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Positioning Students to Understand Urban Sustainability Strategies through Vertical IntegrationSustainability has been proven to be a significant need for the civil and construction engineeringand management (CCEM) industries. The concept of sustainability, however, is not commonlytaught in the undergraduate curriculum; it is generally covered and taught in graduate-levelcourses. Though undergraduate students may have an interest in sustainability, their exposure toit comes later in their educational curriculum. In this Transforming Undergraduate Education inSTEM (TUES) project, the researchers develop a problem-based learning framework that (1)introduces sustainability earlier in the undergraduate curriculum, and (2) provides an opportunityfor vertical integration across courses within CCEM curriculum. The goal of introducingsustainability concepts is two-fold: to enhance undergraduate students’ interest in andunderstanding of sustainability by engaging them in real-world sustainability projects; and toprovide students with necessary knowledge for advancing a career in sustainability withinCCEM. The vertically-integrated problem-based learning (PBL) framework developed in thecourse of this TUES project provides undergraduate students with both knowledge and toolsneeded to address urban sustainability issues in their future careers, whether in industry oracademe. This framework is replicable and can thus be deployed across universities as part of theCCEM curriculum.The PBL framework is developed and implemented at Arizona State University between alower-division construction management course, Construction Materials, Methods andEquipment (CON252) and an upper-division civil engineering course, Urban InfrastructureAnatomy and Sustainable Development (CEE 486/598). CON252 focuses on the building designand construction process, ranging from excavation to material choice to various buildingsystems. CEE 486/598 focuses on infrastructure systems from the technical and socialperspectives and examines the interdependences between these systems.The pilot implementation of the vertically integrated PBL framework in the Spring 2014semester provided lessons learned that contributed to further refining and restructuring theframework. In the pilot implementation, students in the CON and CEE courses connectedthrough one student group in CEE 486/598. Students from the lower-division course performed aquantity takeoff for this singular group, and did not interact with the entire CEE 486/598 studentbody. Moreover, the integrative aspect was not stressed between the two courses as strongly as itshould have been, as the idea of vertical integration did not resonate with student groups in eitherof the courses throughout the semester.In the second implementation, overall project themes better reflect one another to promotevertical integration between the two courses. Results suggest more cohesive projects bring aboutgreater opportunities to integrate the two courses through assignments and tasks. The idea ofvertical integration is a focus throughout the semester, as students from each course will visit theother to introduce their projects and task needs. Consistent communication between the twocourses encourages involvement in each other’s projects, and further promotes verticalintegration between the lower-division and upper-division undergraduate course.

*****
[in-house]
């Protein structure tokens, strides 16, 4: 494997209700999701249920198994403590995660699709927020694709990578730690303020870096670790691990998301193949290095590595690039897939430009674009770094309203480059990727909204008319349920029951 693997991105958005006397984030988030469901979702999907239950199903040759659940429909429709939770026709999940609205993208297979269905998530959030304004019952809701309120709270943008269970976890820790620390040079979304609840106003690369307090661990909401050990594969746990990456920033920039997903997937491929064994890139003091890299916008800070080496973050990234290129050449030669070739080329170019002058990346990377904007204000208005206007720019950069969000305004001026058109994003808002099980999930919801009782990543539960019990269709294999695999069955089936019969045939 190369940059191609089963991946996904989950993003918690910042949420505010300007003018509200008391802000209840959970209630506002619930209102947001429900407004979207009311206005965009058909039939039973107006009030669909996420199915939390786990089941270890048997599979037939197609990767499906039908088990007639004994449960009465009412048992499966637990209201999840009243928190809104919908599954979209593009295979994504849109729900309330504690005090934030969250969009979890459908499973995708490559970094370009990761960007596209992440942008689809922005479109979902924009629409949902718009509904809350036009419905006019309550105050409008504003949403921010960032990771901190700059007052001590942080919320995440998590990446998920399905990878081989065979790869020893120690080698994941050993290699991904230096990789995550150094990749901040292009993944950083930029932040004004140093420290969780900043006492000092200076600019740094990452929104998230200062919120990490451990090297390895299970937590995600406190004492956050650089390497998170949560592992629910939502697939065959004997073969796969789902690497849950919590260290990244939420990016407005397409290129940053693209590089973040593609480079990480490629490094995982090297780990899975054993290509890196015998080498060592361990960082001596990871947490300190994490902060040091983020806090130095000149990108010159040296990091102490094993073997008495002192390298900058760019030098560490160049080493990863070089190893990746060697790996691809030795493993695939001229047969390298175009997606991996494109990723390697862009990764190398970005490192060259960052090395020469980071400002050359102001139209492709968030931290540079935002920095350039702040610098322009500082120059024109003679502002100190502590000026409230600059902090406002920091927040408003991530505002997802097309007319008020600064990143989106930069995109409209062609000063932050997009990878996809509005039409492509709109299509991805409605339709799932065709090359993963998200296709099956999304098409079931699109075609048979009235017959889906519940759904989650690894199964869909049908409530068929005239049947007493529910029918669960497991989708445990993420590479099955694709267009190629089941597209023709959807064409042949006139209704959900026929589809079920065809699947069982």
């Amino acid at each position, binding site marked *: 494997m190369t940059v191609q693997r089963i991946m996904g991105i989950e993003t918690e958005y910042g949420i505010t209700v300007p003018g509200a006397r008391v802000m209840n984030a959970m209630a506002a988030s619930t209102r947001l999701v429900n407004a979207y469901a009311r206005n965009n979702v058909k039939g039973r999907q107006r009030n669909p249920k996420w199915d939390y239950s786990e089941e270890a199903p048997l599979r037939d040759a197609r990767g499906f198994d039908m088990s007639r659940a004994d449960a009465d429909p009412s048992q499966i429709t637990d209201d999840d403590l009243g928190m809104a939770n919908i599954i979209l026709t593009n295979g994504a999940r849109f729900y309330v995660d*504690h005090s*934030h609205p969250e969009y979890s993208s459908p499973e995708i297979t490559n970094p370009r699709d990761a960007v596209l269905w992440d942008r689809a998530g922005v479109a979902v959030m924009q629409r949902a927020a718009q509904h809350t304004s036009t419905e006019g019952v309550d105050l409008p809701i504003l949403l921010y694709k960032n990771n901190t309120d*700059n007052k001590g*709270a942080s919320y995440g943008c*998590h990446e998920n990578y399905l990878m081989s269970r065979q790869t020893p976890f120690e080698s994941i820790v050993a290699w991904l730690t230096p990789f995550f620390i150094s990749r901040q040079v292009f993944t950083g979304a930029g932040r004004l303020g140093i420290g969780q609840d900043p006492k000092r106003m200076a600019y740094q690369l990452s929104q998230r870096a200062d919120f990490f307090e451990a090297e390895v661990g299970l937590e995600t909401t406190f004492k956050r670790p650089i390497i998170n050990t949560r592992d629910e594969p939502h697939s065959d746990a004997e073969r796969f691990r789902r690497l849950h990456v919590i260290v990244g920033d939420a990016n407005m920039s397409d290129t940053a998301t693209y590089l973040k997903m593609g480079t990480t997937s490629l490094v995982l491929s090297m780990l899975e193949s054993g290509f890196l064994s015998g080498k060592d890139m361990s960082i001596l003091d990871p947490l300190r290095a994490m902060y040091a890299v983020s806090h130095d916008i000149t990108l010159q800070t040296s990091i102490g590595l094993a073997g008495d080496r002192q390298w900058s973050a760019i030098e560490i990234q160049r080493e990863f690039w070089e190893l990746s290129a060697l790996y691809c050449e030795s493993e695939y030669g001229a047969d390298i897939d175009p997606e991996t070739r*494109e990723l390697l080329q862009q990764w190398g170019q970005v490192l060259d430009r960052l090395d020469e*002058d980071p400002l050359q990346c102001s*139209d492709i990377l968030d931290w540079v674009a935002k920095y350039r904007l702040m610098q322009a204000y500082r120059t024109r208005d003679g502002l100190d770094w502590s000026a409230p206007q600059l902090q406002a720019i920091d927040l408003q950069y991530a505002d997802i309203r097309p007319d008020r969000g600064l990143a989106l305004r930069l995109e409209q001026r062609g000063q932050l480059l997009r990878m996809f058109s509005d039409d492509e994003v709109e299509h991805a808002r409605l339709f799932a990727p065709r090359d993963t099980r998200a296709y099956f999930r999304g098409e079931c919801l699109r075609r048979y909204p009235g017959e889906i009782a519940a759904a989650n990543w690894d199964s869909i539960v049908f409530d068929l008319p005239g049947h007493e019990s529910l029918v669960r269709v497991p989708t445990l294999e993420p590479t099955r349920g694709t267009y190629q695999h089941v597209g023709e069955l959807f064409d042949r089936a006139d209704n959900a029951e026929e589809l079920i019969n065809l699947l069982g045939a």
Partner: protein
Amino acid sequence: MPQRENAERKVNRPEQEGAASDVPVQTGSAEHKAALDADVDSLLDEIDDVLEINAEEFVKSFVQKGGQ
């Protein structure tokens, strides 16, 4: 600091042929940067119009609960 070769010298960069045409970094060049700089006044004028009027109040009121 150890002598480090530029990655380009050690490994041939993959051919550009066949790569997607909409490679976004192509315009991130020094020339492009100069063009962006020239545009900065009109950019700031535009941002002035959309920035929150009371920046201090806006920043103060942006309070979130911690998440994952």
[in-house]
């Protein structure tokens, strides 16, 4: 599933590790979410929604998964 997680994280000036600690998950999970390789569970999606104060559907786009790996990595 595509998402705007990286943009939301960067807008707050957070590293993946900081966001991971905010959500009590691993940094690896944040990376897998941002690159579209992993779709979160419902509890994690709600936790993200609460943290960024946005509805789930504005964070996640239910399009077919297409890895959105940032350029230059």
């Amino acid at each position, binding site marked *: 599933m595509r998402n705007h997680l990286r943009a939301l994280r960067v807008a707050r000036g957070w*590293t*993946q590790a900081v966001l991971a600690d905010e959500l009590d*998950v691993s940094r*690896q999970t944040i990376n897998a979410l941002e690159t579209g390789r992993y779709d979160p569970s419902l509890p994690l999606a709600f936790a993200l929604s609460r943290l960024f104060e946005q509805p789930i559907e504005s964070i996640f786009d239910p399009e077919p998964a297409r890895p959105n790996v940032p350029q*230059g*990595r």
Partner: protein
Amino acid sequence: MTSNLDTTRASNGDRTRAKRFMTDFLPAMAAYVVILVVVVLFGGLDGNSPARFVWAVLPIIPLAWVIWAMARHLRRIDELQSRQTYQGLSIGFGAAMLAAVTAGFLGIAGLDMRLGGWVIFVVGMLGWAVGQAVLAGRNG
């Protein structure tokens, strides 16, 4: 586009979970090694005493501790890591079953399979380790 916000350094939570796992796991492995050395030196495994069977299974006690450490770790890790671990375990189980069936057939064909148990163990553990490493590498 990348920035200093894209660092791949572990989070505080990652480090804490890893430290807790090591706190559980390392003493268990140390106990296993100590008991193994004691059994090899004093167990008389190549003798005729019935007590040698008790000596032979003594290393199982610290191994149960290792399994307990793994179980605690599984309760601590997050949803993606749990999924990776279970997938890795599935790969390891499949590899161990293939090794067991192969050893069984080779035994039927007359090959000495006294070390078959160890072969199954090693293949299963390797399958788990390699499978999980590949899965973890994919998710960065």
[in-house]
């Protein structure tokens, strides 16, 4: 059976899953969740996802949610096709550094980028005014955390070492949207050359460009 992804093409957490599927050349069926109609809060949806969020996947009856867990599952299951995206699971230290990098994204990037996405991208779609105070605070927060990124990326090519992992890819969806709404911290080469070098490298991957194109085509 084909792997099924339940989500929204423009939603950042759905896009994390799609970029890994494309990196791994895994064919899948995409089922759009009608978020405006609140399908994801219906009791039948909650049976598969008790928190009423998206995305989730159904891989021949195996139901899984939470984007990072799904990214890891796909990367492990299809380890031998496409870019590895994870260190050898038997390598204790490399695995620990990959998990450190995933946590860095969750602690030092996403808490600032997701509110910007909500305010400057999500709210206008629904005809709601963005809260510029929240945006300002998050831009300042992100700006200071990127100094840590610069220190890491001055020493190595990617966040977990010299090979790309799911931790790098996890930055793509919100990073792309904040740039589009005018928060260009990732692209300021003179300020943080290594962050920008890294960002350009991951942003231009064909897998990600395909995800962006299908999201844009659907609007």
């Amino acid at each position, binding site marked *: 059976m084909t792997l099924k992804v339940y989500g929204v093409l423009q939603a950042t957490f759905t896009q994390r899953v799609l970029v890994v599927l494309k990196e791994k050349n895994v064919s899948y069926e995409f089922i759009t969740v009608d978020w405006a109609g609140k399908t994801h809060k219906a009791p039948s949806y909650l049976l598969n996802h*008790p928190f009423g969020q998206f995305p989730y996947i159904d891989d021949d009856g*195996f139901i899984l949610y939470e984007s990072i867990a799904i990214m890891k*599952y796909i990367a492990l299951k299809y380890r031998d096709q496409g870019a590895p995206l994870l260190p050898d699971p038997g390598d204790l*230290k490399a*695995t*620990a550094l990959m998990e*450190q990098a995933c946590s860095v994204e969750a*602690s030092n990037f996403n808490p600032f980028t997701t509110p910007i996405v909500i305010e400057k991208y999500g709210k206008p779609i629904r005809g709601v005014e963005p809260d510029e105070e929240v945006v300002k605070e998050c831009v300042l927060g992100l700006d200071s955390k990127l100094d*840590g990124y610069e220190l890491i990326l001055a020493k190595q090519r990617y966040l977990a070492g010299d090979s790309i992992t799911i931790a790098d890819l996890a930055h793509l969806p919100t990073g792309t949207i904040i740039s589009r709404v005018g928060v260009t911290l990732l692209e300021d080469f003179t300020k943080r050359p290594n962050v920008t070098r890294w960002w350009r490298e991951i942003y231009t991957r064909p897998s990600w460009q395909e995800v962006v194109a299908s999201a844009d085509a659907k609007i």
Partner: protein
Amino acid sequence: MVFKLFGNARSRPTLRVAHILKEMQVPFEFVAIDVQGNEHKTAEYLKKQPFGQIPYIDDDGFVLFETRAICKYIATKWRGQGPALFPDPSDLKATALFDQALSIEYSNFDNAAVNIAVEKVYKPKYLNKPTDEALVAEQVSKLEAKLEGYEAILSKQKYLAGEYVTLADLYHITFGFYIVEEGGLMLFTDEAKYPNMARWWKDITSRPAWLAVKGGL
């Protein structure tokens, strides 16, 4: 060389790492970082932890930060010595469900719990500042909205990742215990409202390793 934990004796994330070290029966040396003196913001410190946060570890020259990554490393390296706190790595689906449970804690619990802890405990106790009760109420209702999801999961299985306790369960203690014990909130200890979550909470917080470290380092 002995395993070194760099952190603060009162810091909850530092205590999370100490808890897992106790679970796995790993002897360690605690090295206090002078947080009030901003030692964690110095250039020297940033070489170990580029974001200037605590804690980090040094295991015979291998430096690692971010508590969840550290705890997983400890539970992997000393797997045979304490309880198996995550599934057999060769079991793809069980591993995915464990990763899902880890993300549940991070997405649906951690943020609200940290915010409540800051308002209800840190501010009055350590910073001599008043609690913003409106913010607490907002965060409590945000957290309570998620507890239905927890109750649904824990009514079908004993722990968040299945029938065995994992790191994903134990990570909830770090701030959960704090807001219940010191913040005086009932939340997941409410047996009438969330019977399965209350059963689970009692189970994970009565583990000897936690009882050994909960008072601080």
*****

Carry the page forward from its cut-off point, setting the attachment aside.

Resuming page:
Mann, C., & Parrish, K., & Chester, M. (2015, June), Positioning Students to Understand Urban Sustainability Strategies through Vertical Integration Paper presented at 2015 ASEE Annual Conference & Exposition, Seattle, Washington. 10.18260/p.24568